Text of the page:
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Plastics Sector in China: Issues in production, recycling and international trade, The

Working paper, 28 pages
PDF  8115IIED.pdf (133.13 KB)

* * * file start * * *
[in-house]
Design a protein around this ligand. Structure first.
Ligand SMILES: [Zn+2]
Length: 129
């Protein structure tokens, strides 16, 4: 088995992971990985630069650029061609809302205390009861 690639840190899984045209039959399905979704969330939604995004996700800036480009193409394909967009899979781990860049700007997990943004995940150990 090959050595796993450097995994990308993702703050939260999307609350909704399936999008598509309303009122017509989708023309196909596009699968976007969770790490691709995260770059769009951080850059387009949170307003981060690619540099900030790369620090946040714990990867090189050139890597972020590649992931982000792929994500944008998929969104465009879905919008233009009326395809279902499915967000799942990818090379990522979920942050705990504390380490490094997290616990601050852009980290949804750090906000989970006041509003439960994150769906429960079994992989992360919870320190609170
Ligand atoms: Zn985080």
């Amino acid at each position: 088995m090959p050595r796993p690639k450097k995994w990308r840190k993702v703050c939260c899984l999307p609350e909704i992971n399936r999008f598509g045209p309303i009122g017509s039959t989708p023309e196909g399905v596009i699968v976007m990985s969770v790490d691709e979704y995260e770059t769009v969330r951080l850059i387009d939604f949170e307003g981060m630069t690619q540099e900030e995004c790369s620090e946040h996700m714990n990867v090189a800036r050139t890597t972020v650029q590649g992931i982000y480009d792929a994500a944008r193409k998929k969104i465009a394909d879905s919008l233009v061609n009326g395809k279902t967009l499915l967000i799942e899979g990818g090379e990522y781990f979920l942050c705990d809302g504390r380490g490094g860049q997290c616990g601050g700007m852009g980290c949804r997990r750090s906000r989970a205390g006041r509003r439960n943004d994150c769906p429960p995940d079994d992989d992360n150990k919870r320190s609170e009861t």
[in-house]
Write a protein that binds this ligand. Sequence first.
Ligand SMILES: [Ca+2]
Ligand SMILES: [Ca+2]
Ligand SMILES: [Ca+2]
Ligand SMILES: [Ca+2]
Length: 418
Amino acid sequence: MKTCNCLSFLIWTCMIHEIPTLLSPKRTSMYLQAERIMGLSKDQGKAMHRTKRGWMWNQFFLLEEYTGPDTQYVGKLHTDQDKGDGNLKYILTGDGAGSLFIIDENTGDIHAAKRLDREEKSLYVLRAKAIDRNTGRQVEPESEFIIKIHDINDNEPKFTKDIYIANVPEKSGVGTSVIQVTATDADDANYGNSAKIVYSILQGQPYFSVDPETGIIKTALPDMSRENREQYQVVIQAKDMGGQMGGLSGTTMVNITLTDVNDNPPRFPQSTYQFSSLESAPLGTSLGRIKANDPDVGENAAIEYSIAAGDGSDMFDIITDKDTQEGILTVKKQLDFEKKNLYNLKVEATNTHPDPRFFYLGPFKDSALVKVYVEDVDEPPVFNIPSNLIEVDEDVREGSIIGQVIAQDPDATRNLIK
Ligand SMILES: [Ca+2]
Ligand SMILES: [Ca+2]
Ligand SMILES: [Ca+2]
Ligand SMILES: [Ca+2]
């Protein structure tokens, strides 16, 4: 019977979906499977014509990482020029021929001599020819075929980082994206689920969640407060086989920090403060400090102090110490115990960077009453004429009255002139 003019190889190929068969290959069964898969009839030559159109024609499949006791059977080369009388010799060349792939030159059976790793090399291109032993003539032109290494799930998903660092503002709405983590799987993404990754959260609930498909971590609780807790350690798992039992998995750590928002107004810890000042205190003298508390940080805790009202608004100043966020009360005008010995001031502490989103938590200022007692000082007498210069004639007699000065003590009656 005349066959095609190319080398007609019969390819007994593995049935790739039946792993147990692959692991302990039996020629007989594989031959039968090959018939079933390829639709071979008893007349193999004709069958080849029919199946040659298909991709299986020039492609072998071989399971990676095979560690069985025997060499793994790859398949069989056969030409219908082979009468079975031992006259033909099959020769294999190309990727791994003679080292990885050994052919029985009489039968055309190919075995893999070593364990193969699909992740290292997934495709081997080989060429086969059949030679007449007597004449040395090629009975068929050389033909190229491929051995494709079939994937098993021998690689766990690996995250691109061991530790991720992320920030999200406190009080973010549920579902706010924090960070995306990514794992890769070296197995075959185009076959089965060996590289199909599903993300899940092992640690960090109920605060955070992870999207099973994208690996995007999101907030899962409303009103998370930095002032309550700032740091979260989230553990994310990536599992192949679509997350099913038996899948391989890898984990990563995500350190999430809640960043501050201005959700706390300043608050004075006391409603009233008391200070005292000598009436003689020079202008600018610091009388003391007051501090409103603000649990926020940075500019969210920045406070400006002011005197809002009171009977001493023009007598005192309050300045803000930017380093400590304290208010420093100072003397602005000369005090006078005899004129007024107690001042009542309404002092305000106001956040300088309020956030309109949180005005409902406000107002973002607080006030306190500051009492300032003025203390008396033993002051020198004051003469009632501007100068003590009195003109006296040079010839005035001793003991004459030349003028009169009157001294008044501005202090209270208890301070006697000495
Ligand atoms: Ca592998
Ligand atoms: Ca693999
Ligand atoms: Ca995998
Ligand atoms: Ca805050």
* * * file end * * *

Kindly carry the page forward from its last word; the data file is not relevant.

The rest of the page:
The Chinese plastics sector is presently facing an acute shortage of plastic resin. Three options are available: 1) increase domestic production of primary resin; 2) increase domestic production of secondary resin; and 3) increase imports of primary resin. Evaluating options one and three involves a relatively straight forward cost-benefit analysis. Option 2, however, poses a slightly more complex problem. Since local recovery rates of waste plastic are insufficient to meet demand, production of secondary resin implies that more waste plastic must be imported. Critics of trade in waste argue that imports are in reality a disguise for waste dumping by the exporting country; moreover, cheap imports of waste tend to crowd out the local recovery system leading to a domestic waste disposal problem. In this paper, a sectoral ‘cradle to grave’ planning model, using material balance flow methodology, is formulated with a dual purpose. The first is to investigate which of the three options is economically and environmentally preferable, and the second is to shed more light on the trade in waste and to test the claims put forward by the critics. Preliminary results suggest that option two offers the most economically and environmentally efficient solution but under certain stringent conditions.

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